Xavier, There has been some footage from some people on Facebook, mostly in the group called "Yes Fans of All Incarnations". So far, though, there are only excerpts. But, most of the songs from the show are represented.
Saturday, August 8, 2015 10:35 AM
Last night's show was amazing. Billy was great Jon was great Steve was Great Geoff was Great and Alan was phenomenal.
Highlights for me
Don't Kill The Whale An amazing opener Time and A Word A brilliant and surprising track owner Always a favorite Going for the one billy sounded good on this one
Over all the show was amazing and here is hoping next summer they do Drama and Relayer
Saturday, August 8, 2015 9:59 AM
Where is this footage from this show that you mentioned?
Saturday, August 8, 2015 9:40 AM
This is a piece of history Yes will not want to have made - the first ever Yesshow without Chris Squire. But kudos to Billy and the band for stepping up to the plate. Thousands of fans across the world will (like me) have been tuning in from afar, as well as those present.
A photo of the opening tribute - a darkened stage with a spotlight on a Rickenbacker bass where Chris would have stood - has rightly gone viral on the 'net. Playing 'Onward' with a backdrop of shots of Chris was a good, emotional touch.
Onstage remark from Jon Davison: “We’re all celebrating the magic of music – but also the remembrance of a great friend. We love you, Chris.”
Later he added about Billy Sherwood: “I think it’s about time we acknowledged this bad-ass cat.”
Steve Howe: “This is a very special night for us, and a very special tour. Thanks for letting us share it with you.”
Prog legends soldier on following death of bassist-cofounder in June
BY STEVE SMITH
AUGUST 8, 2015
Weeks in advance, well before the venerable British progressive-rock band Yes took to the stage last night, members of the group had told the media that their show would include a tribute to Chris Squire, the late bassist, singer and songwriter without whom they had never performed since convening in 1968. What shape that salute might take when the lights in the Grand Theater at Foxwoods Resort Casino in Mashantucket, Connecticut, went down on Friday, was a subject for passionate speculation among fans.
For many, the notion of a Yes without Squire must have seemed unthinkable. A towering presence, he was the band’s lodestone in bright days, its anchor in turbulent times. Diagnosed with acute erythroid leukemia earlier this year, Squire directed his bandmates — singer Jon Davison, guitarist Steve Howe, keyboardist Geoff Downes and drummer Alan White — to undertake a planned summer tour alongside Toto with Billy Sherwood, a multi-instrumentalist and former Yes man, in his spot. Prior to his passing in June, Squire urged Yes to carry on without him for the long term.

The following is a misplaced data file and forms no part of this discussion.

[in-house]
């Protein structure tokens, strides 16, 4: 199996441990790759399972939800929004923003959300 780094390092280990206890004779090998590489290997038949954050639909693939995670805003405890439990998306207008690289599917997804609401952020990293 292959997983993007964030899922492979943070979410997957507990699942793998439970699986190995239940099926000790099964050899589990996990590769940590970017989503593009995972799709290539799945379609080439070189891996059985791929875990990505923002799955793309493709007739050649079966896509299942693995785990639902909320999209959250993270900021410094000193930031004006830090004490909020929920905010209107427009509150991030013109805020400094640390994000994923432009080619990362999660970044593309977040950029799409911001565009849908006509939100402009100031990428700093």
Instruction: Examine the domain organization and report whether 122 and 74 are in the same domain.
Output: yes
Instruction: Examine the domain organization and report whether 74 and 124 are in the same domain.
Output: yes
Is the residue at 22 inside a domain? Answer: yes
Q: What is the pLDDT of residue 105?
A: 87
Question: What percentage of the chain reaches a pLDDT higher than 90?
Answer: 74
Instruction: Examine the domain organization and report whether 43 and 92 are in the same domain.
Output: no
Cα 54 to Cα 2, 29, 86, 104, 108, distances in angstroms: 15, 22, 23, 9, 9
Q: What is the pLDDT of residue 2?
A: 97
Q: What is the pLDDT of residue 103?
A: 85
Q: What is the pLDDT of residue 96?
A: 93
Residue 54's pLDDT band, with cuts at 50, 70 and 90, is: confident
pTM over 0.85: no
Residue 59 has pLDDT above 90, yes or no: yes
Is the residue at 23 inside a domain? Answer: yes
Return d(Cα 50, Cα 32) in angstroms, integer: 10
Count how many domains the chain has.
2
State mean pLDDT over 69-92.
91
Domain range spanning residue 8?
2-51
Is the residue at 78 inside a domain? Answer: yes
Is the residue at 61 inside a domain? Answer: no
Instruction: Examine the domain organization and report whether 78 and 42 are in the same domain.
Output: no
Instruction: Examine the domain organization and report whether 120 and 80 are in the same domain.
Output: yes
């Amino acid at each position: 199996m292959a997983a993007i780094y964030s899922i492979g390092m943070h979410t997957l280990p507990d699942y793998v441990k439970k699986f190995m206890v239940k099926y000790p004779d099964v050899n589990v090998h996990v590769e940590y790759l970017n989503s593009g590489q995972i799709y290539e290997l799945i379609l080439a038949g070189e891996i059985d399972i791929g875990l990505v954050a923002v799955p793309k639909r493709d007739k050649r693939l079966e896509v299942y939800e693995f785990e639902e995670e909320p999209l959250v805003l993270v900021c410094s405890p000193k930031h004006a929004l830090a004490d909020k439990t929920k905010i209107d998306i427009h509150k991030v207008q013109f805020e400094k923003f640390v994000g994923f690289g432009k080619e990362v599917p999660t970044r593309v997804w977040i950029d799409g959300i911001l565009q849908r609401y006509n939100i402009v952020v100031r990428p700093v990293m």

When the time finally came, you felt as if it could have been no other way. With “Onward,” the sublime ballad that Squire contributed to the band’s 1978 album, Tormato, floating out from the P.A., a single spotlight picked out Squire’s signature white Rickenbacker bass, positioned on a stand in the spot where Squire started countless shows. Photographs of the late bassist through the years appeared on a screen overhead, aswirl in rainbow colors and constellations.
The gesture conveyed the gravity of the situation with dignity. Grown men wept aloud.
From there, though, Yes took to the stage with an almost desperate glee, kicking off the first set of an unanticipated new chapter with “Don’t Kill the Whale” (also from Tormato) and “Tempus Fugit,” from 1980’s Drama — the still-divisive cult favorite that resulted when another founding member, vocalist Jon Anderson, departed for the first time, and when Downes initially came aboard.
For observers who expected Yes to play it safe with a handful of canonical classics certain to go down well with listeners who drifted in from the slot machines, this was a gamble that showed the group isn’t ready to be relegated to the oldies circuit. If what followed was the stuff of countless set lists, including nothing more recent than “Owner of a Lonely Heart,” from 1983’s 90125, the diverse song selection still strayed well beyond the band’s most verdant years.
As has often been the case at Yes shows during the last decade, the band didn’t jell immediately. The gait of “Whale” was more lumber than limber, and “Tempus” was afflicted with timing issues. But on “America,” a durable recasting of the Simon & Garfunkel song, Yes felt dialed in and confident, qualities sustained and reinforced during a rowdy “Going for the One” and an airy, wistful ‘Time and a Word.”